A week or so ago I was attending an Abraham Lincoln lecture at a private club in Washington, DC. Several people I knew were there, including a fellow Lincoln book author I’ve known for years but hadn’t seen for several months. She asked what I’ve been up to, then shocked me with the question: Is Lincoln all you do?
To be honest, I was a bit taken aback. After all, my official author website is nicknamed “Science Traveler.” My background is science and my entire working career was in science until I quit my job about six years ago to pursue writing full time. I’ve traveled a lot in the last few years and my first two books were biographies of two famous scientists, Nikola Tesla and Thomas Edison. Recent travel took me to Cuba (where I admit to seeing two Lincoln statues), Costa Rica (no Lincoln), and New England (my father’s funeral).
In other words, I do a lot that doesn’t involve Abraham Lincoln.
Then I started to think more deeply about this question. It’s true that I haven’t spent as much time on scientific work or writing in recent times. I’ve let my scientific blog go dormant for the last year due to lack of time and the inconvenience of logging in (although I’ve been contemplating resurrecting it under a new name). I even write less about my travels, in part because I’ve been traveling so much that going through the photos upon my return is overwhelming. My Lincoln studies have paralleled my scientific career, unpaid but no less enthusiastically pursued in my spare time. Since I left my science job I’ve put more focus on my Lincoln interests. I even wrote a book on him, Lincoln: The Man Who Saved America. Lately it does seem my energies are mostly on Lincoln. Maybe Lincoln has taken over my life.
Admittedly, my role as Vice President of the Lincoln Group of DC has taken up a lot of my time, from organizing and/or attending activities to writing for the Lincolnian newsletter to writing all the website copy to actively participating in our book study group to helping my colleagues schedule dinner lecturers and other events. I’m also on the Board of the Abraham Lincoln Institute and active in the Lincoln Forum. My calendar is filled with Lincoln events.
Even the travel has had a Lincoln flavor. I drove to Charleston, South Carolina in the spring to see where the Civil War started and check out the Confederate submarine, the Hunley. A 2,500 mile road trip this summer took me to Illinois for Chasing Abraham Lincoln, Part 3. I’ll be heading to Gettysburg for the Lincoln Forum meeting in November and plan to squeeze in trips to two Civil War museums in the near future. I might even check out Lincoln in California (and yes, there is a such a thing, although he never visited there himself).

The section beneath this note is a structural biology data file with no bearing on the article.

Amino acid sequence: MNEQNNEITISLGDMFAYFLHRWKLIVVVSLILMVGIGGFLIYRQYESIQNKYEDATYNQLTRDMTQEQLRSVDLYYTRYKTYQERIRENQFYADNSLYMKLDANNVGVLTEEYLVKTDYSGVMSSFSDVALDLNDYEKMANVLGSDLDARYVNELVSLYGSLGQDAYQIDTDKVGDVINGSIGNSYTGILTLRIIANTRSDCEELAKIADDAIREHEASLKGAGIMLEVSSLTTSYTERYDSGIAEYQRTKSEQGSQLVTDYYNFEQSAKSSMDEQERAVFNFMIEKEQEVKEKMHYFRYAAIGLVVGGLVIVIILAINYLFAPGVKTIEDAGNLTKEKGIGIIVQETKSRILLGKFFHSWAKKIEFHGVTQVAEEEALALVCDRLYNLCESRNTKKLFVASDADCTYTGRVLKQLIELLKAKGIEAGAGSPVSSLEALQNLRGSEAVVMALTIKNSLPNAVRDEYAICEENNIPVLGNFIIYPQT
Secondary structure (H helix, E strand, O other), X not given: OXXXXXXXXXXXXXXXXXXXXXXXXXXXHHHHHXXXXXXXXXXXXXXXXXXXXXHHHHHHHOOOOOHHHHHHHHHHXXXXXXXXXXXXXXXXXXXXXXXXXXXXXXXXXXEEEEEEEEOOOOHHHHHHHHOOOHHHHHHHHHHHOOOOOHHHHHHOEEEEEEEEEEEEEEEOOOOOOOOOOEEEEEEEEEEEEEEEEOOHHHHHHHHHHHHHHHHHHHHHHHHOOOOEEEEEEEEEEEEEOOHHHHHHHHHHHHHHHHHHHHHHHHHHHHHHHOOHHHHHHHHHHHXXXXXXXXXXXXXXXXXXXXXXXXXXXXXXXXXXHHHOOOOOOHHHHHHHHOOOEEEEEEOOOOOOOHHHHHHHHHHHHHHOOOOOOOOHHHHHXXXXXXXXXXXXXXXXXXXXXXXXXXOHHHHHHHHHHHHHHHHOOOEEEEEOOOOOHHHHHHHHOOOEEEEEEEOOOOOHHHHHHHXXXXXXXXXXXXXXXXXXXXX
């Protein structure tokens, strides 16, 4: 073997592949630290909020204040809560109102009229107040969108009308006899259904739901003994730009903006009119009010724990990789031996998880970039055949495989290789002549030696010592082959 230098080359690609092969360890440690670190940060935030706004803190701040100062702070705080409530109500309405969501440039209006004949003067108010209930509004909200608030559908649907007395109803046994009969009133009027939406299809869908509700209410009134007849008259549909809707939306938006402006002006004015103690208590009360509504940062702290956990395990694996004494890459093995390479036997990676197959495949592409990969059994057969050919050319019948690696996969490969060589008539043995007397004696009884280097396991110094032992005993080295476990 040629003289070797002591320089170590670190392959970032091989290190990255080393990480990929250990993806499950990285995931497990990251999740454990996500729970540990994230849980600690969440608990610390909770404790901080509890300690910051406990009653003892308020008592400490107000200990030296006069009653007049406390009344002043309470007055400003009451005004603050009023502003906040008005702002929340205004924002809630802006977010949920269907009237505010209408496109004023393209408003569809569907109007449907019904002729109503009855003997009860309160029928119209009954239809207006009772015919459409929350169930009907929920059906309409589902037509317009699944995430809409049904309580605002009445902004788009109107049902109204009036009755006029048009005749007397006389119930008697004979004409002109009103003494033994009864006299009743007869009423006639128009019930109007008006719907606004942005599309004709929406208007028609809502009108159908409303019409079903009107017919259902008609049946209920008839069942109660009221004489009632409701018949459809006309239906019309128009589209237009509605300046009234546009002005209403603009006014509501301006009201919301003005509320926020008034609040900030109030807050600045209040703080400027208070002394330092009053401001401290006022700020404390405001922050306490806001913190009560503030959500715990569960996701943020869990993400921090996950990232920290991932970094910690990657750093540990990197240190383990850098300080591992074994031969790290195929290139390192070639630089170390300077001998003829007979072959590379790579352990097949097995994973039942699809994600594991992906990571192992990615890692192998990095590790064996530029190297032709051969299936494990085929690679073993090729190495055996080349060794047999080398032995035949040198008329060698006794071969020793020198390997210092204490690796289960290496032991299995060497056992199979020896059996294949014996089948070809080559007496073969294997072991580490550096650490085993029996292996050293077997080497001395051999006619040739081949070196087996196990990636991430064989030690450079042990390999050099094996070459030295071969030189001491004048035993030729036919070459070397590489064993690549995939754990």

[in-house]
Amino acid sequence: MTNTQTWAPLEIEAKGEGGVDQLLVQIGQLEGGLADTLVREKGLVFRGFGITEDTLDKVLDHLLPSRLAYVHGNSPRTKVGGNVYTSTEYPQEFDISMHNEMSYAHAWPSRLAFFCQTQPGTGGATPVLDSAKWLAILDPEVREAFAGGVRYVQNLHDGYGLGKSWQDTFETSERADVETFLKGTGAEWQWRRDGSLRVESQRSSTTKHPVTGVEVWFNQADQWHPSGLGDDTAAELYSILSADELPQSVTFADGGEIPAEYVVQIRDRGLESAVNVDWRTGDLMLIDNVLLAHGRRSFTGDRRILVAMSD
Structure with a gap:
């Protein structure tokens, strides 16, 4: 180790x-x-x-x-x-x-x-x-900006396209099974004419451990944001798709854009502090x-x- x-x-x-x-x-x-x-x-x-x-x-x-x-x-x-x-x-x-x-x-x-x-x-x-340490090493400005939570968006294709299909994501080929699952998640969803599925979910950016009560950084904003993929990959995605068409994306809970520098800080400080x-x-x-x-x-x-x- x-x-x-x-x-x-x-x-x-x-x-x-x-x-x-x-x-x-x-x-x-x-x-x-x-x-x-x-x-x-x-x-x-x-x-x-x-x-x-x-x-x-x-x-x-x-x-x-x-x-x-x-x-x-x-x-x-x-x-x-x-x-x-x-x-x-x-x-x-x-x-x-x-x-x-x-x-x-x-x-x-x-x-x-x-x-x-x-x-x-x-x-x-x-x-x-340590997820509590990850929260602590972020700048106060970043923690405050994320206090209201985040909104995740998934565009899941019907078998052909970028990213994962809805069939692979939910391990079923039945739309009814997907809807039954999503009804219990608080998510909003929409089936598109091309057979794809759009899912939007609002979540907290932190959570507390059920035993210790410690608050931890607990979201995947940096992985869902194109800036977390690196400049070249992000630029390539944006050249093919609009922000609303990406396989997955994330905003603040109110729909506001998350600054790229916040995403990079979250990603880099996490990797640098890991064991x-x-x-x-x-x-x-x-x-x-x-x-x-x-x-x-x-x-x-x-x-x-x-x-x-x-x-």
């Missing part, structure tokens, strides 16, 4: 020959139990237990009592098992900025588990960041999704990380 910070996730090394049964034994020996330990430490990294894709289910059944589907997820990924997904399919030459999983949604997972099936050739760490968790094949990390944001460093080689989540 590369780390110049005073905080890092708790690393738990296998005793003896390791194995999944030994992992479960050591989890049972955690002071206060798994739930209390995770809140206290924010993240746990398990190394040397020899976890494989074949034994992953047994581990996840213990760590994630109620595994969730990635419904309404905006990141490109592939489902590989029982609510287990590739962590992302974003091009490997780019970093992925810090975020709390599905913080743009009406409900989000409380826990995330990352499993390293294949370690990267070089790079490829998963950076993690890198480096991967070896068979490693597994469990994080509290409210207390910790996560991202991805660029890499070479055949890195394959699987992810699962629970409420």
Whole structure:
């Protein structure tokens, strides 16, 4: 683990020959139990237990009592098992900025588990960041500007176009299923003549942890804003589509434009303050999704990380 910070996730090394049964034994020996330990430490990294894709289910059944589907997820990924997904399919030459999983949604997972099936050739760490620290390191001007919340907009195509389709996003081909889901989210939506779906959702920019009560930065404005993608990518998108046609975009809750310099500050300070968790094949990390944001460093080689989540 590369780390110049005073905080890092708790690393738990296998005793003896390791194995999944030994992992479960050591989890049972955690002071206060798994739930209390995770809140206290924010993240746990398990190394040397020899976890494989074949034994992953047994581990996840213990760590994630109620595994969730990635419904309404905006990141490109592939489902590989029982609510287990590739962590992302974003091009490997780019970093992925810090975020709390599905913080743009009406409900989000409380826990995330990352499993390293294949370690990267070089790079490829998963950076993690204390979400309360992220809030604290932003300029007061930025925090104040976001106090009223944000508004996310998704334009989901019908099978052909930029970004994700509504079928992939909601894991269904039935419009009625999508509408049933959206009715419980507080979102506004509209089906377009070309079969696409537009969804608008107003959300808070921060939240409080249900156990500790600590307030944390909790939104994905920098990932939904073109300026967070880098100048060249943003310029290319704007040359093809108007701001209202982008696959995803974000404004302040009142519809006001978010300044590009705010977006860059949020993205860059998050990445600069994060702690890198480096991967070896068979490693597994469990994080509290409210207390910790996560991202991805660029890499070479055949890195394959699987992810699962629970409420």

Much of this focus on Lincoln has to do with my work in progress, a book on a specific interest of Lincoln. I’ve also tentatively started a new Lincoln book idea and still plan to be editor-in-chief of a Lincoln compendium book written with my fellow Lincoln Group of DC colleagues, if I can ever find the time to pursue it.
But there is hope for more diversity. I am working on non-Lincoln books and other writing for magazines, something I hadn’t put much emphasis on until recently. I have a travel memoir about half finished, along with some ideas for travel-related articles. And there is the aforementioned scientific blog, which I anticipate turning into a science communication outlet.
And of course, there will be more travel. A lot more travel. Already planned are trips to Chicago (okay, in part for Lincoln sites) and the lower Caribbean, including upper South and lower Central America. Tentative plans for next year include a road trip in the middle United States and a tour in the Middle East.
So no, Lincoln is not all I do. But he is much of what I do. And I wouldn’t have it any other way.
David J. Kent is a science traveler and the author of Lincoln: The Man Who Saved America, in Barnes and Noble stores now. His previous books include Tesla: The Wizard of Electricity (2013) and Edison: The Inventor of the Modern World (2016) and two e-books: Nikola Tesla: Renewable Energy Ahead of Its Time and Abraham Lincoln and Nikola Tesla: Connected by Fate.